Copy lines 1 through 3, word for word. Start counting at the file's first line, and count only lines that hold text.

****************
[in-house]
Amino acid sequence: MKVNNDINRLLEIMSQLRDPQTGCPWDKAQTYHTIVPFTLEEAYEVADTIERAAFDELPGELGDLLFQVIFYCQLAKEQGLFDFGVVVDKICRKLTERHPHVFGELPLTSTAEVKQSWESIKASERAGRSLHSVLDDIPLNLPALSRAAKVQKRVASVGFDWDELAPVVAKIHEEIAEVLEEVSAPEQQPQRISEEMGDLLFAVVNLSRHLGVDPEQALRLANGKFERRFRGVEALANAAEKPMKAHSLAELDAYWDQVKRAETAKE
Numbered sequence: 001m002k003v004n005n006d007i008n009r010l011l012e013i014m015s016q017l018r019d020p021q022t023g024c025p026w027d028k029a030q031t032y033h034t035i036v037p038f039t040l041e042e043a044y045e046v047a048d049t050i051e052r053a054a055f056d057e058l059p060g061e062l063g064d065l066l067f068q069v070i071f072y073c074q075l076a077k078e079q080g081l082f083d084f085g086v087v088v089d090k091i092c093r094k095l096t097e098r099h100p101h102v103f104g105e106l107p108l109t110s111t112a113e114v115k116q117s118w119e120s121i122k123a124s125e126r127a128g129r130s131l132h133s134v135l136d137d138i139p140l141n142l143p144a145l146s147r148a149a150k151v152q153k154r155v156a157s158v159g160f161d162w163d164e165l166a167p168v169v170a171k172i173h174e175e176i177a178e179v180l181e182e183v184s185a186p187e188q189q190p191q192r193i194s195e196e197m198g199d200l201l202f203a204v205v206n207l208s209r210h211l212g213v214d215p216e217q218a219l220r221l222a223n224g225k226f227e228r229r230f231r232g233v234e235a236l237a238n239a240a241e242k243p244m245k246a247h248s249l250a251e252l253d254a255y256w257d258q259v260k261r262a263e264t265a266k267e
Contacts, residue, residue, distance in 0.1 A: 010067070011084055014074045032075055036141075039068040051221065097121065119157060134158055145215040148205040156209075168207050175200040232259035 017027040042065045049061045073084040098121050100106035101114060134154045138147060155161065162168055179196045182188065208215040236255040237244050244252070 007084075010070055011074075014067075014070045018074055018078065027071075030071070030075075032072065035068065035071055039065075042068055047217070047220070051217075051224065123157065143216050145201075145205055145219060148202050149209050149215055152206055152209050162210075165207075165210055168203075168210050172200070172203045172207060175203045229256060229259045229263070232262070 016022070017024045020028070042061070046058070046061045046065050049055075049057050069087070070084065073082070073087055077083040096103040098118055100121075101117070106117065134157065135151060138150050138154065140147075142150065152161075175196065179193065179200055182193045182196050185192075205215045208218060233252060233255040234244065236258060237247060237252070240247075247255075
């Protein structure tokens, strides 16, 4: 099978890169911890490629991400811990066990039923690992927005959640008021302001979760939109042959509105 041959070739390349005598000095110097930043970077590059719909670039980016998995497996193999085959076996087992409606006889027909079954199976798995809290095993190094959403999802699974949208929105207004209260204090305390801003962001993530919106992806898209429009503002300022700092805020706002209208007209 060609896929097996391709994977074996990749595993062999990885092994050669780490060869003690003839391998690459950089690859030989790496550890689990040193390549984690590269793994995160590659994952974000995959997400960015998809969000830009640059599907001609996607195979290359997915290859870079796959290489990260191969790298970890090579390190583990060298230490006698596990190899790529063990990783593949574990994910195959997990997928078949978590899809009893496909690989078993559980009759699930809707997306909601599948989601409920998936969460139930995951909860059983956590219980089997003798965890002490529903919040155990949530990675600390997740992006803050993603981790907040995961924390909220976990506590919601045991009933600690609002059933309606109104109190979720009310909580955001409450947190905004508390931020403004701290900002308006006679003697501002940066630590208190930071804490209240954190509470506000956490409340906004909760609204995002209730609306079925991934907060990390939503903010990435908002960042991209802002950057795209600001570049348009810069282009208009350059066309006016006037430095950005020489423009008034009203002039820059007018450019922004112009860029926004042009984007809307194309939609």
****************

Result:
[in-house]
Amino acid sequence: MKVNNDINRLLEIMSQLRDPQTGCPWDKAQTYHTIVPFTLEEAYEVADTIERAAFDELPGELGDLLFQVIFYCQLAKEQGLFDFGVVVDKICRKLTERHPHVFGELPLTSTAEVKQSWESIKASERAGRSLHSVLDDIPLNLPALSRAAKVQKRVASVGFDWDELAPVVAKIHEEIAEVLEEVSAPEQQPQRISEEMGDLLFAVVNLSRHLGVDPEQALRLANGKFERRFRGVEALANAAEKPMKAHSLAELDAYWDQVKRAETAKE
Numbered sequence: 001m002k003v004n005n006d007i008n009r010l011l012e013i014m015s016q017l018r019d020p021q022t023g024c025p026w027d028k029a030q031t032y033h034t035i036v037p038f039t040l041e042e043a044y045e046v047a048d049t050i051e052r053a054a055f056d057e058l059p060g061e062l063g064d065l066l067f068q069v070i071f072y073c074q075l076a077k078e079q080g081l082f083d084f085g086v087v088v089d090k091i092c093r094k095l096t097e098r099h100p101h102v103f104g105e106l107p108l109t110s111t112a113e114v115k116q117s118w119e120s121i122k123a124s125e126r127a128g129r130s131l132h133s134v135l136d137d138i139p140l141n142l143p144a145l146s147r148a149a150k151v152q153k154r155v156a157s158v159g160f161d162w163d164e165l166a167p168v169v170a171k172i173h174e175e176i177a178e179v180l181e182e183v184s185a186p187e188q189q190p191q192r193i194s195e196e197m198g199d200l201l202f203a204v205v206n207l208s209r210h211l212g213v214d215p216e217q218a219l220r221l222a223n224g225k226f227e228r229r230f231r232g233v234e235a236l237a238n239a240a241e242k243p244m245k246a247h248s249l250a251e252l253d254a255y256w257d258q259v260k261r262a263e264t265a266k267e